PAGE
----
Alternate Route, may NOT be legal: see waypoints for TINEMAHA-REDLAKE
(Hwy 395, Fish Springs, Tinemaha Campground, pit mine, skirt private land)

Going uphill on this route you DO drive past a No Trespassing sign, and the trailhead directions from Inyo National Forest state clearly that beyond the campground is private land and you are asked not to trespass. There's no gate, but it's not clear whether the GPS route TINEMAHA-REDLAKE actually steers completely clear of private land. I wouldn't recommend it, unless you fail to get up the hill going out on the standard route and have no other options to get out.

Source: Matt Greg (quoted by Sid Rao in 2003, maps/waypoints and comments in italics by Steve Eckert in 2005)

I bailed out on this hike at Red Lake a few hours after getting there on Saturday because I was worried about being able to drive out and make it to work on Monday. My 2WD Chevy S-10 would not have made it back up the grade mentioned above without a tow. Because I had minimal clearance from the rocks on this stretch of road I was worried that a tow could damage my truck. The USGS topo map of the area shows many other roads in the area that appear to be more direct routes from Hwy 395 to the Red Lake parking area. Problem is, all but one of the routes is gated and locked private property with posted no trespassing.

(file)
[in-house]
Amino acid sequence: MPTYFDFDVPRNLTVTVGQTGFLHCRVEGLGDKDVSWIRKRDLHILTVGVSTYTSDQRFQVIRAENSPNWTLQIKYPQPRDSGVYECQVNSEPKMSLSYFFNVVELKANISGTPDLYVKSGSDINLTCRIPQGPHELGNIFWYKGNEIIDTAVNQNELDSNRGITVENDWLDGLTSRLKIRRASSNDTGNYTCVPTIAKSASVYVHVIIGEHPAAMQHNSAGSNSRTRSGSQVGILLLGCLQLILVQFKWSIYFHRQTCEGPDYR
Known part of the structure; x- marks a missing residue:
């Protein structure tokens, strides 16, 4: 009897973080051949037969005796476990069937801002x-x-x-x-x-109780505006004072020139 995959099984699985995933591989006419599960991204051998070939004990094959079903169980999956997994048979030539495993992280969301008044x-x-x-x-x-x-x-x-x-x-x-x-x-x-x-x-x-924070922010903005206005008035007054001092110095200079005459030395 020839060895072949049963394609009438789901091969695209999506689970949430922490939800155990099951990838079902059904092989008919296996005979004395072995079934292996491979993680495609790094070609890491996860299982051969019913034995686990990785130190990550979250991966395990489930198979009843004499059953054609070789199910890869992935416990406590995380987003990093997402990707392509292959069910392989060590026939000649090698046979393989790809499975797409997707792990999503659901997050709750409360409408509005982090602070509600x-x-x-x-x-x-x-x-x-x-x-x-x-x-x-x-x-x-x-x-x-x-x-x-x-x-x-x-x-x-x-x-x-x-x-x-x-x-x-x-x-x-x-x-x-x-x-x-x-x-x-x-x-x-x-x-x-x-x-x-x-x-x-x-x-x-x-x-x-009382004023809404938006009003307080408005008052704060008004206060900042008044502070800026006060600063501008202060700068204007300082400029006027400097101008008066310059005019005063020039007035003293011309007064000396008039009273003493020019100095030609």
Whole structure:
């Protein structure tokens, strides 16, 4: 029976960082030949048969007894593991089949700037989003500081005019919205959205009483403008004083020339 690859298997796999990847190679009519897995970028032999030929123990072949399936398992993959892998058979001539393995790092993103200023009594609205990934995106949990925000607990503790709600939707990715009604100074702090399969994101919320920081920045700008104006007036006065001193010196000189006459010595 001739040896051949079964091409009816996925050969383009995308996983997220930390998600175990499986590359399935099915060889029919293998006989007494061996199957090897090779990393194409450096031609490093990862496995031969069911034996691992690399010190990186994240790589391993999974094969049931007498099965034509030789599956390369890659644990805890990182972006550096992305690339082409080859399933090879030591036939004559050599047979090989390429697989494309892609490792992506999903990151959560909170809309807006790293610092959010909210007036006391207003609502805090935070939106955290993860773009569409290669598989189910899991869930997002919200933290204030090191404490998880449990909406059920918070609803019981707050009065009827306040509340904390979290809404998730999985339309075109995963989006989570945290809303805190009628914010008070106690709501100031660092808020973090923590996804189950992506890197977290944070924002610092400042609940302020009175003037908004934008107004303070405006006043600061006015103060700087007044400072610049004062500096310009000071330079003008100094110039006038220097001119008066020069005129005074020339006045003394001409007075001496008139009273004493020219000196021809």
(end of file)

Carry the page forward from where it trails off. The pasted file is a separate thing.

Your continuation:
See the image below for the route I found. (the yellow line on the map)

The route DOWN is as follows, see below for how to find your way UP:

From the trailhead parking (waypoint REDLAK) head down the road a few hundred feet to the large sign on your left (waypoint FINALJ) and make a right here. In maybe 100 yards or so there is a junction with a road to the right (waypoint 4WD027). Stay left here. Eventually the road you are on will deadend at another road at 90 degrees (waypoint 4WD026). On the opposite side of this road is a fence and gates with no trespassing signs. To the right, this road deadends. Make a left here and follow parallel with the fence, due north. Cross Tinemaha Creek (signed, waypoint TINCRK). This is the larger creek, with a concrete catch basin. Continue north and cross Fuller Creek (waypoint FULCRK) which is smaller and sometimes has an exposed culvert. When you come up the other side of the creek, there is a 3-way junction (waypoint PRIVAT). The road to the right deadends in a couple hundred feet at private property. The road to your left takes you back along the standard route described above (toward waypoint 4WD021).